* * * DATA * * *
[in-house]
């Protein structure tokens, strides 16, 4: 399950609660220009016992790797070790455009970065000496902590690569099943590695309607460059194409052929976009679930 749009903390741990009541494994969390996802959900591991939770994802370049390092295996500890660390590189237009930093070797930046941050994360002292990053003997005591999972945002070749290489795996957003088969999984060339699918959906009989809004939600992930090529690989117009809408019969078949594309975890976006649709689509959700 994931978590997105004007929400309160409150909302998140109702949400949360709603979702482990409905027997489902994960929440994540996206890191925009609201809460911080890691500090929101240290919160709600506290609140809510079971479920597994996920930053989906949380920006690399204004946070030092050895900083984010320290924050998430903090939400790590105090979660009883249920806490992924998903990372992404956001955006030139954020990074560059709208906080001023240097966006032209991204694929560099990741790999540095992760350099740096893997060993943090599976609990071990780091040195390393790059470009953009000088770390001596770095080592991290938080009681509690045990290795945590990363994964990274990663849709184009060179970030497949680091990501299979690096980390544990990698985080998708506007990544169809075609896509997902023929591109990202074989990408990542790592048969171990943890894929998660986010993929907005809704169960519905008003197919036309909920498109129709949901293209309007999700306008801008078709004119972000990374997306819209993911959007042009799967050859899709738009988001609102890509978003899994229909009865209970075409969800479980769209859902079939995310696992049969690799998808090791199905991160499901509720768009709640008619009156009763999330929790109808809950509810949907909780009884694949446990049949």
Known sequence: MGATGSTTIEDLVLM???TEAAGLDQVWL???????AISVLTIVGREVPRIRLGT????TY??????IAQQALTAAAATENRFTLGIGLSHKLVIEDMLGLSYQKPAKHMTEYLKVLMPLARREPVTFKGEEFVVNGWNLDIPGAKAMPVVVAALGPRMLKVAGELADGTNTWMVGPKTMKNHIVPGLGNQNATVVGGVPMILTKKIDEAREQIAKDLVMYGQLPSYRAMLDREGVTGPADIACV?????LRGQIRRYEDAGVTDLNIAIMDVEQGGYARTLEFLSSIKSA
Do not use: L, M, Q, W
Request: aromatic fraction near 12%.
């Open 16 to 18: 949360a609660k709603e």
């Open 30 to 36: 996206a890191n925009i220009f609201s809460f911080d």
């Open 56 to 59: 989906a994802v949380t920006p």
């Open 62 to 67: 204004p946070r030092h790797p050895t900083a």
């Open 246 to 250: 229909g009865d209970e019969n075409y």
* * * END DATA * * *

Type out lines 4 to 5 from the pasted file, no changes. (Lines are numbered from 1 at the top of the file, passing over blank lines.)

Do not use: L, M, Q, W
Request: aromatic fraction near 12%.